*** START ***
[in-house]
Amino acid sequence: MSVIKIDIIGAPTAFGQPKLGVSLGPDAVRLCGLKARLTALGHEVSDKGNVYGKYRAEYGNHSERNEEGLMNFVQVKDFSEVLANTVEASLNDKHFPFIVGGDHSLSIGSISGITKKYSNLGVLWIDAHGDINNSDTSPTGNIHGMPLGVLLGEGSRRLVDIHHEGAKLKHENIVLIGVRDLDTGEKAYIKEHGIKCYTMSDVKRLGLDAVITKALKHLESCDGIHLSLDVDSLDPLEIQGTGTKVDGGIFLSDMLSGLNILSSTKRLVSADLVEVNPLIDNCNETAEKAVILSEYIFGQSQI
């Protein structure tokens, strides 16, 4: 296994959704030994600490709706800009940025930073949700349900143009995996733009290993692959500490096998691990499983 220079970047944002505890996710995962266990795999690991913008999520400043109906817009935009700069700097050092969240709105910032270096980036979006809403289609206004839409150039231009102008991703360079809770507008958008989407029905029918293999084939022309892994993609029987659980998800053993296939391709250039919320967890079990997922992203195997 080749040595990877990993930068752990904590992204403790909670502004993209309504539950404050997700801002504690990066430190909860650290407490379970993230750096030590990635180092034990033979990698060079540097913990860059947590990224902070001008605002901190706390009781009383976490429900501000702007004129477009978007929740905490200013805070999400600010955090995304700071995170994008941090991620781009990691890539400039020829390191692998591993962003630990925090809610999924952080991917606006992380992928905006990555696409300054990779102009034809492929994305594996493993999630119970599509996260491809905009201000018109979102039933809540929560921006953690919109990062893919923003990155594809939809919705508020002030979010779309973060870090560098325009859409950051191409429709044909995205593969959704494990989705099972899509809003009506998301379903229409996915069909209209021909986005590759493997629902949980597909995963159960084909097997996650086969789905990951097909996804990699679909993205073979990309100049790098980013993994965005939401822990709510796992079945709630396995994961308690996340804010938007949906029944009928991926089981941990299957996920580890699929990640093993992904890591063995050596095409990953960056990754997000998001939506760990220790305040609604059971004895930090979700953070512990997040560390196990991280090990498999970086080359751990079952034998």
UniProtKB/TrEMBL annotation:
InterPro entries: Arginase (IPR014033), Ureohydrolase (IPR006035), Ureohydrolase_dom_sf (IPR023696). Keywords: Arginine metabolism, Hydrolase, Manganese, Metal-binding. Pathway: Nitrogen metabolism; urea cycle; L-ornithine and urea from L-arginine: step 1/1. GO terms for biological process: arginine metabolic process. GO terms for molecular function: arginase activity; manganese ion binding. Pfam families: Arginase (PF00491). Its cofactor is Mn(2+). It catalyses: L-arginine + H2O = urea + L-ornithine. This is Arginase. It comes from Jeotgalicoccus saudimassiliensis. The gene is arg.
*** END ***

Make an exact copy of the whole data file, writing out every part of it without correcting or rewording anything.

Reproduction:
[in-house]
Amino acid sequence: MSVIKIDIIGAPTAFGQPKLGVSLGPDAVRLCGLKARLTALGHEVSDKGNVYGKYRAEYGNHSERNEEGLMNFVQVKDFSEVLANTVEASLNDKHFPFIVGGDHSLSIGSISGITKKYSNLGVLWIDAHGDINNSDTSPTGNIHGMPLGVLLGEGSRRLVDIHHEGAKLKHENIVLIGVRDLDTGEKAYIKEHGIKCYTMSDVKRLGLDAVITKALKHLESCDGIHLSLDVDSLDPLEIQGTGTKVDGGIFLSDMLSGLNILSSTKRLVSADLVEVNPLIDNCNETAEKAVILSEYIFGQSQI
């Protein structure tokens, strides 16, 4: 296994959704030994600490709706800009940025930073949700349900143009995996733009290993692959500490096998691990499983 220079970047944002505890996710995962266990795999690991913008999520400043109906817009935009700069700097050092969240709105910032270096980036979006809403289609206004839409150039231009102008991703360079809770507008958008989407029905029918293999084939022309892994993609029987659980998800053993296939391709250039919320967890079990997922992203195997 080749040595990877990993930068752990904590992204403790909670502004993209309504539950404050997700801002504690990066430190909860650290407490379970993230750096030590990635180092034990033979990698060079540097913990860059947590990224902070001008605002901190706390009781009383976490429900501000702007004129477009978007929740905490200013805070999400600010955090995304700071995170994008941090991620781009990691890539400039020829390191692998591993962003630990925090809610999924952080991917606006992380992928905006990555696409300054990779102009034809492929994305594996493993999630119970599509996260491809905009201000018109979102039933809540929560921006953690919109990062893919923003990155594809939809919705508020002030979010779309973060870090560098325009859409950051191409429709044909995205593969959704494990989705099972899509809003009506998301379903229409996915069909209209021909986005590759493997629902949980597909995963159960084909097997996650086969789905990951097909996804990699679909993205073979990309100049790098980013993994965005939401822990709510796992079945709630396995994961308690996340804010938007949906029944009928991926089981941990299957996920580890699929990640093993992904890591063995050596095409990953960056990754997000998001939506760990220790305040609604059971004895930090979700953070512990997040560390196990991280090990498999970086080359751990079952034998």
UniProtKB/TrEMBL annotation:
InterPro entries: Arginase (IPR014033), Ureohydrolase (IPR006035), Ureohydrolase_dom_sf (IPR023696). Keywords: Arginine metabolism, Hydrolase, Manganese, Metal-binding. Pathway: Nitrogen metabolism; urea cycle; L-ornithine and urea from L-arginine: step 1/1. GO terms for biological process: arginine metabolic process. GO terms for molecular function: arginase activity; manganese ion binding. Pfam families: Arginase (PF00491). Its cofactor is Mn(2+). It catalyses: L-arginine + H2O = urea + L-ornithine. This is Arginase. It comes from Jeotgalicoccus saudimassiliensis. The gene is arg.